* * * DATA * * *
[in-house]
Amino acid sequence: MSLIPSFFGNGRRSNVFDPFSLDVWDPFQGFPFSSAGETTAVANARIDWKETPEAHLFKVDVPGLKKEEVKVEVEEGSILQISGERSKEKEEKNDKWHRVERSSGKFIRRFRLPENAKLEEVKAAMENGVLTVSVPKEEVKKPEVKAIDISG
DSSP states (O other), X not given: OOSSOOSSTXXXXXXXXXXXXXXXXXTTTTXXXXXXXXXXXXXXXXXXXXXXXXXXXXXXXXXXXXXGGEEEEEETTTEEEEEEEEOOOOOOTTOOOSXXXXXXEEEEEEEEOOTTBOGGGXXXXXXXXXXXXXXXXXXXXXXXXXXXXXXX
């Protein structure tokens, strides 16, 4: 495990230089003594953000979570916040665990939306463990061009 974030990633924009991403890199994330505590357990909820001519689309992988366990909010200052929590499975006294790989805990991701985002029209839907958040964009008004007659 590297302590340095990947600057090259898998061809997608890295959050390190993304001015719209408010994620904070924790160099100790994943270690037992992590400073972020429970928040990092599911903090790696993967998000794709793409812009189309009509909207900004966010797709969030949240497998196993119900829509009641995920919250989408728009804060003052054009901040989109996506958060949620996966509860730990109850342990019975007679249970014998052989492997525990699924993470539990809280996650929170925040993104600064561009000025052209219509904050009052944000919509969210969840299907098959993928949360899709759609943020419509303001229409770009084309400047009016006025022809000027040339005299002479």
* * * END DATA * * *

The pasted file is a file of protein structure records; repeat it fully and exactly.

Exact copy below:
[in-house]
Amino acid sequence: MSLIPSFFGNGRRSNVFDPFSLDVWDPFQGFPFSSAGETTAVANARIDWKETPEAHLFKVDVPGLKKEEVKVEVEEGSILQISGERSKEKEEKNDKWHRVERSSGKFIRRFRLPENAKLEEVKAAMENGVLTVSVPKEEVKKPEVKAIDISG
DSSP states (O other), X not given: OOSSOOSSTXXXXXXXXXXXXXXXXXTTTTXXXXXXXXXXXXXXXXXXXXXXXXXXXXXXXXXXXXXGGEEEEEETTTEEEEEEEEOOOOOOTTOOOSXXXXXXEEEEEEEEOOTTBOGGGXXXXXXXXXXXXXXXXXXXXXXXXXXXXXXX
């Protein structure tokens, strides 16, 4: 495990230089003594953000979570916040665990939306463990061009 974030990633924009991403890199994330505590357990909820001519689309992988366990909010200052929590499975006294790989805990991701985002029209839907958040964009008004007659 590297302590340095990947600057090259898998061809997608890295959050390190993304001015719209408010994620904070924790160099100790994943270690037992992590400073972020429970928040990092599911903090790696993967998000794709793409812009189309009509909207900004966010797709969030949240497998196993119900829509009641995920919250989408728009804060003052054009901040989109996506958060949620996966509860730990109850342990019975007679249970014998052989492997525990699924993470539990809280996650929170925040993104600064561009000025052209219509904050009052944000919509969210969840299907098959993928949360899709759609943020419509303001229409770009084309400047009016006025022809000027040339005299002479």